4 out of 4 stars
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Fossil Detectives and the Mysterious Skull by Caren Bonds Hanson is a sci-fi/fantasy book that narrates the story of two siblings who experience an unexpected adventure.
Dante and Lexy, aged twelve and ten respectively, are volunteers at a local science center. They learn how to preserve and take care of fossils while accumulating knowledge about animal species. When a shipment from Ethiopia arrives, the children do their job diligently, unaware that there's an ancient soul trapped inside one of the skulls. In its quest to get home, the spirit sends the youngsters on a journey through time, landing them in various prehistoric periods.
Adventure is the most prominent theme in the story. Dante and Lexy's experience will give readers an adrenaline rush and leave them fearing for the youngsters' safety. I like how the siblings worked together to navigate the hostile conditions that met them at their destinations. Their ingenuity is nothing short of spectacular, and a silver lining arose from the ordeal. The children maximized the opportunity and used it to put their knowledge to practice. They brushed shoulders with different species and classified them by analyzing their features. From their debates, it's evident that one sibling paid more attention in class.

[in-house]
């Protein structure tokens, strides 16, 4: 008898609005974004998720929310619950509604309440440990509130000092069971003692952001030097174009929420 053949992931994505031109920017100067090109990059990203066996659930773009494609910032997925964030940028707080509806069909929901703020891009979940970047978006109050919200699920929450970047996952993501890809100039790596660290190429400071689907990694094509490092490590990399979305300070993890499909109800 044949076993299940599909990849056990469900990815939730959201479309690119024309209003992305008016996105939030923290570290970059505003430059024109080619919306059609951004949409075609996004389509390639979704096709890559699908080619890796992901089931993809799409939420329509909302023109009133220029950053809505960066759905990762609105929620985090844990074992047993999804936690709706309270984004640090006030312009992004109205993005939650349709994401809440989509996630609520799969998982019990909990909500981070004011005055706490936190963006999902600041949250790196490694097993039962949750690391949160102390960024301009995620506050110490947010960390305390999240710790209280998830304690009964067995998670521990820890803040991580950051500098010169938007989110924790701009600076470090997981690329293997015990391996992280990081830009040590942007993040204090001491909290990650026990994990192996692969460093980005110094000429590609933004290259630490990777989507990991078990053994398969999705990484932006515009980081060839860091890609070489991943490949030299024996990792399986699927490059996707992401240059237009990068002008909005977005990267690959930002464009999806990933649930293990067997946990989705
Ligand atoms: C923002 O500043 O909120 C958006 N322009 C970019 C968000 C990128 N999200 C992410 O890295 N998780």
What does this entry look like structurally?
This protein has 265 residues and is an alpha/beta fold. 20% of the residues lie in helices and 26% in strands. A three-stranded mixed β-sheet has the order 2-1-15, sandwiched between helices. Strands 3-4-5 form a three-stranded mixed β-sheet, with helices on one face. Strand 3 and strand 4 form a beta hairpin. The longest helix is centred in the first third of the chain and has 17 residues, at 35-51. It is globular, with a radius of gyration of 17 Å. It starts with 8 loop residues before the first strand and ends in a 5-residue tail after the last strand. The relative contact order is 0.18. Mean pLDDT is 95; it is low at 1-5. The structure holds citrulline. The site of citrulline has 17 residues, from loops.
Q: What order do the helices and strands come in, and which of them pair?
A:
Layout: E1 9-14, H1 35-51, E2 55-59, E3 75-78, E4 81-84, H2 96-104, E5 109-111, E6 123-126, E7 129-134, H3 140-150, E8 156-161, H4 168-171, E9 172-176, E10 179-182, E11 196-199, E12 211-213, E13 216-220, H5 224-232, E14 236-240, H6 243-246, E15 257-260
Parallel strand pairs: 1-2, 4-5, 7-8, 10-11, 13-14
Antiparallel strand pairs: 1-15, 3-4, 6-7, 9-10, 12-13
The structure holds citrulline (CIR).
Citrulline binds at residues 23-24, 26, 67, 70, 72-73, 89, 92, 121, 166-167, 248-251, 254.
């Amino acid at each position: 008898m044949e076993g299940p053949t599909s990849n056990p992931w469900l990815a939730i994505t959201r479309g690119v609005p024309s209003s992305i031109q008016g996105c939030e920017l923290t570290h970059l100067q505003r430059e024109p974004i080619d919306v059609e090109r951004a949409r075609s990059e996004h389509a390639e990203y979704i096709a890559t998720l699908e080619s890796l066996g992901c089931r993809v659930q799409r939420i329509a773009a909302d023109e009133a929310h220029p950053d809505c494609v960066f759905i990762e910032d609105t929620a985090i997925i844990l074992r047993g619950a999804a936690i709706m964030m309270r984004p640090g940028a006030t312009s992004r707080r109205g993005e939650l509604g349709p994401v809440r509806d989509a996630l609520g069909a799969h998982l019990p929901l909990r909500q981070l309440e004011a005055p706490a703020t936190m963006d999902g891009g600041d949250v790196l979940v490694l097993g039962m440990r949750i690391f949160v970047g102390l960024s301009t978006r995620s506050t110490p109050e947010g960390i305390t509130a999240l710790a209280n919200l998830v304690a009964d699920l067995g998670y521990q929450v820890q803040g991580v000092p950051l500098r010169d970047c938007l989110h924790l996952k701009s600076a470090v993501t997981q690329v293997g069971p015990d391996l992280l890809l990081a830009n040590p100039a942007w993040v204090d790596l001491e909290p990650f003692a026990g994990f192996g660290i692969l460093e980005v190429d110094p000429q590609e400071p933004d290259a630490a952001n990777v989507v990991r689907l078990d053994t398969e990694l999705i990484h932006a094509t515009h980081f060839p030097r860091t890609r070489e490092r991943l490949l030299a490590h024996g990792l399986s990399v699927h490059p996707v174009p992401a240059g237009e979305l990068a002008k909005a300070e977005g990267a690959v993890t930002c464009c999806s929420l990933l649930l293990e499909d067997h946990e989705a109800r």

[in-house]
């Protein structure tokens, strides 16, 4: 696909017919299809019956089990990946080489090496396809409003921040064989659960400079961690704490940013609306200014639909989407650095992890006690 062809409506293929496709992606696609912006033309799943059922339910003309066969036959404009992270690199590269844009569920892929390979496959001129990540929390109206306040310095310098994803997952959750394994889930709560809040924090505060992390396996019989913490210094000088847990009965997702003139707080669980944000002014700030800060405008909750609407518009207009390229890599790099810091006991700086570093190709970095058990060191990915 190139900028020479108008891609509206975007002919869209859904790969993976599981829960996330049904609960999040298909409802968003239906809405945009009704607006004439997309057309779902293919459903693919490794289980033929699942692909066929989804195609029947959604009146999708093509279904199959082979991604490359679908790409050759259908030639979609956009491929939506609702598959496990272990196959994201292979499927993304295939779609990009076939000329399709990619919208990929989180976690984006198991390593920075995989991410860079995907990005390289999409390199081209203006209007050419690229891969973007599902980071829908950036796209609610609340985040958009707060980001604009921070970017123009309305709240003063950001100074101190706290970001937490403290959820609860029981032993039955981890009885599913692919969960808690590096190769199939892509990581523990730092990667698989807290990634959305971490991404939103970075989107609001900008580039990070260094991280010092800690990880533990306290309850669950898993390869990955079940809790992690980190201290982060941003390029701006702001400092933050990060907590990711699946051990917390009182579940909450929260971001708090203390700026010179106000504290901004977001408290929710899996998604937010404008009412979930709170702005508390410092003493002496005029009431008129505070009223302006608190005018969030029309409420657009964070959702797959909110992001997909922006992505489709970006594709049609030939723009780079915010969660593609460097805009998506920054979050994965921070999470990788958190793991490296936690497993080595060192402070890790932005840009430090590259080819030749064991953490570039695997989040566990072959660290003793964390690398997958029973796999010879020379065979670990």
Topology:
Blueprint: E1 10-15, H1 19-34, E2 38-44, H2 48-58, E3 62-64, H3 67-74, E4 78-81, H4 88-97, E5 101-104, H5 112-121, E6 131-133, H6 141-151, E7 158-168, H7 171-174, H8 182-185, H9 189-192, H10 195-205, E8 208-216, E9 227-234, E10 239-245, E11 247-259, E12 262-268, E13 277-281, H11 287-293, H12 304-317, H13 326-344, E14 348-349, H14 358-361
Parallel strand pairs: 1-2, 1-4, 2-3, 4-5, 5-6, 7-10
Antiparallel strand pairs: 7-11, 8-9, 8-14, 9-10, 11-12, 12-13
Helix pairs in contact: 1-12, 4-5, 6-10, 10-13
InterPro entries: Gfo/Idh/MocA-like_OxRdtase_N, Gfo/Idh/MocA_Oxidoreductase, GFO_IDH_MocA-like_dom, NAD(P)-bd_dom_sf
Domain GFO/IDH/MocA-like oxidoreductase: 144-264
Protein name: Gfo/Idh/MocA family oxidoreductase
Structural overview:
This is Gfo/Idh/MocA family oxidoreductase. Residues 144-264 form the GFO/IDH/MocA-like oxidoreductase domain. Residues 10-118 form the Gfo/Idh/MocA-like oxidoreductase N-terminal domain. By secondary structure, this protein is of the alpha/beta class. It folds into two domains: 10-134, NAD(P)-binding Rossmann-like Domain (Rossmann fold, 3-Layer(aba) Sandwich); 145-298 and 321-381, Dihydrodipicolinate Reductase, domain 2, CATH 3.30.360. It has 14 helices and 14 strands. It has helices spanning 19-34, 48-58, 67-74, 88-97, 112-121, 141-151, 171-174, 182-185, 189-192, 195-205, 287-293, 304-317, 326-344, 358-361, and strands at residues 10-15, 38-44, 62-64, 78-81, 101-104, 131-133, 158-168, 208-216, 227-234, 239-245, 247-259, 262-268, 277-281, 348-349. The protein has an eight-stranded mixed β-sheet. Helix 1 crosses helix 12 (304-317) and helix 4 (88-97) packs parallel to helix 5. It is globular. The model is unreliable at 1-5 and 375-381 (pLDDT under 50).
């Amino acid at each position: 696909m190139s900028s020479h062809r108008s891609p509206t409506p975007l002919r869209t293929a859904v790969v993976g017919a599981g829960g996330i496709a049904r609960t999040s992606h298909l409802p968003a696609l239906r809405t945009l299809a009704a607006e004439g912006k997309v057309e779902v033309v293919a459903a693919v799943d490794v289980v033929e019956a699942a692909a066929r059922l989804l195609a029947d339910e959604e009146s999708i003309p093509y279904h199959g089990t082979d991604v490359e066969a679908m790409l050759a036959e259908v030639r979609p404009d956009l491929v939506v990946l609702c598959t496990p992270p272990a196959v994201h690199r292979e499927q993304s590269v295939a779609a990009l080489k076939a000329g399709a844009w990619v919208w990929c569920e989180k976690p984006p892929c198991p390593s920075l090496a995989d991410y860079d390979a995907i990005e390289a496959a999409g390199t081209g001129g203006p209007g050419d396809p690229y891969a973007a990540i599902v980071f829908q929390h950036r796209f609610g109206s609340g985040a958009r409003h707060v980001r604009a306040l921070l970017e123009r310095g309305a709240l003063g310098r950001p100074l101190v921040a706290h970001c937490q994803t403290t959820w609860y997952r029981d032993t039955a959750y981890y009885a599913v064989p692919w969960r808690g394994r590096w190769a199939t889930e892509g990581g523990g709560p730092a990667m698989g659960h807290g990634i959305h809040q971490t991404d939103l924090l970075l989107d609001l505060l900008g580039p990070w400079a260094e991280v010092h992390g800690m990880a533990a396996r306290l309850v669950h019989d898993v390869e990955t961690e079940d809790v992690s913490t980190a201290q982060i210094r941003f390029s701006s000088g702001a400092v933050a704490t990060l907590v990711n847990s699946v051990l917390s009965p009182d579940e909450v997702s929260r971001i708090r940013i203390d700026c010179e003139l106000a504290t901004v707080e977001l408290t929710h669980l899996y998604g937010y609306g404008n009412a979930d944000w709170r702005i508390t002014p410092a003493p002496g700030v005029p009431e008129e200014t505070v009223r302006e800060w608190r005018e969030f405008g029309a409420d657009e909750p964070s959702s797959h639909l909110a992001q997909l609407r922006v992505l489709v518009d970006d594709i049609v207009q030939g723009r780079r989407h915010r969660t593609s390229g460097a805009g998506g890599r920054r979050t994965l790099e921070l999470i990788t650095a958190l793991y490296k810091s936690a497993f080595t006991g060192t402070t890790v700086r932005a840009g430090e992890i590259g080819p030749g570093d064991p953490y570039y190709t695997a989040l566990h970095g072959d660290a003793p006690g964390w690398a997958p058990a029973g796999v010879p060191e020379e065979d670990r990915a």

What I liked most about the book is that the author included educative elements, infusing the content in a fun and exciting manner. Readers will learn a few things about evolution, Geography, and history. Those who are past the schooling age will have an opportunity to refresh their memory. There are also multiple choice questions at the end of the book, which readers can use to test their retention. Sprinkled throughout the text are photographs and illustrations that complement the work. I found these useful because they depict various creatures, and the author also included charts on human evolution. I applaud Marissa Morris, the illustrator, for the detailed images.
The author did a stellar job at character development, presenting the lead protagonists as actual children. They were curious, imaginative, mischievous and everything in between. From the many dialogues, they respected the adults but also spoke in a manner typical of children their age. The author also uses simple language, and I appreciate this because the many evolutionary terms are sophisticated enough.
Although I noticed a few errors, mostly misspelled words, they didn't detract from the reading experience. Eliminating the typos is the only modification I would make to the book. I will award this book a rating of 4 out of 4 stars for it is an exciting read that deserves nothing less. I'll recommend it to young adults, lovers of fantasy stories, and fans of coming-of-age literature.
Fossil Detectives and the Mysterious Skull
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